“Yes, I know the feeling. Dealing with my husband Ted is like a needy child. A huge majority of caregivers end up with chronic fatigue. I had to hire a person to come in and deal with my ADD daughter and her homework. I tried, really, I did. But I was getting abusive.”

Somehow, I felt her part of the conversation was more about her.

“Well, my point was that I think he might have ADD, but maybe he doesn’t have the right medication?”

“Are you sure he’s taking it? I recall that he stopped taking his antidepressants. Maybe he’s non-compliant.”

“Yes, I’ve seen him take the medication. And I don’t think that was so much intentional non-compliance, just forgetting to pick up the prescription. He’s back on Wellbutrin and Prozac again, this time taking three of each a day, which seems to be an awful lot. But it’s not like before when he went back on antidepressants after a week of forgetting Then he went back to ‘normal.’ This time he hasn’t.”

She didn’t comment when I paused. So, I continued, “He bought himself a gigantic TV and he’s watching at least six hours every night. I mostly hide in the bedroom and read. He especially likes news stations; MSNBC is going all the time. It’s like he’s having a personal relationship with Keith Olbermann. I’ve asked Andy if he thinks that the news anchor can see him and if Keith Olbermann knows how important he is in our household? Andy didn’t get the pointed joke. Probably he wasn’t listening.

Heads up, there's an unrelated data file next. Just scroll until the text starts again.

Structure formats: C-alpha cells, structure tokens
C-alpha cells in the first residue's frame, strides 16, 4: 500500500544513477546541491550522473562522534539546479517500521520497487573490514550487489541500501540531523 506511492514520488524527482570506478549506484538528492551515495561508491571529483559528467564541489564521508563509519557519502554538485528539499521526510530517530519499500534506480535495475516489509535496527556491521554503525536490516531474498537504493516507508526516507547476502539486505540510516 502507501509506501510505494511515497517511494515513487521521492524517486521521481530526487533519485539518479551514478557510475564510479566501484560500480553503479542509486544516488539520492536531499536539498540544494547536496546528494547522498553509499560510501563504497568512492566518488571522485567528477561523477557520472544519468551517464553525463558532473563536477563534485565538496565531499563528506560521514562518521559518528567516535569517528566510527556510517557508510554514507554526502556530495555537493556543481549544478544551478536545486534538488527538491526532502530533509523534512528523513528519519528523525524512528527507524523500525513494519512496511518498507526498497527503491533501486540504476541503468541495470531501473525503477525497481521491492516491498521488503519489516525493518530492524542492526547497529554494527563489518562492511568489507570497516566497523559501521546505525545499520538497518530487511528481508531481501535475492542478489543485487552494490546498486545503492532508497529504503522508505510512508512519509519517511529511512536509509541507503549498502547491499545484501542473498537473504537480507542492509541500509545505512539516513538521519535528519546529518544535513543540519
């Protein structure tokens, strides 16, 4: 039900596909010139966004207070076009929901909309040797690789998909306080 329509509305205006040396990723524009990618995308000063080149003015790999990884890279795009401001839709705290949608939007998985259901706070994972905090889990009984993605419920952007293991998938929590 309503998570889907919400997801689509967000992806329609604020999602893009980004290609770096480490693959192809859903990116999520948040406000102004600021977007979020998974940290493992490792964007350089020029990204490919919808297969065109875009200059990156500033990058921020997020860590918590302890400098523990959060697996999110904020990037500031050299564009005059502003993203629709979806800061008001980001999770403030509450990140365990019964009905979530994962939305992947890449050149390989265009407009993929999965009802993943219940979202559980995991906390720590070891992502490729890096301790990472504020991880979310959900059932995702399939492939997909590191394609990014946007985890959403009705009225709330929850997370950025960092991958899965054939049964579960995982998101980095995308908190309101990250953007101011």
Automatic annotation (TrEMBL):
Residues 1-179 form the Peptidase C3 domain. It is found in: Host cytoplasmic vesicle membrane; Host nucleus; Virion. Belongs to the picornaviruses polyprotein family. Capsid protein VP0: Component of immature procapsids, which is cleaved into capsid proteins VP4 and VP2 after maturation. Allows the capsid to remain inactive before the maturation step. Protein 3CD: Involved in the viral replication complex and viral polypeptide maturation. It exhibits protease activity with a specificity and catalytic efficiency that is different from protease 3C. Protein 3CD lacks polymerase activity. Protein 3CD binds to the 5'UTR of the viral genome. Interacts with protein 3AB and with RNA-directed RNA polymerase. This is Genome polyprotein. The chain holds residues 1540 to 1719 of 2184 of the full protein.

“Talking about this with you makes me recognize how worried I am. There’s been a cavalcade of screw-ups at home, forgotten things, and confusion about communications over the last few days. I can overlook a lot, but if he’s doing this during his job, that’s scary. He seems like he’s either going to get fired or have a nervous breakdown or both.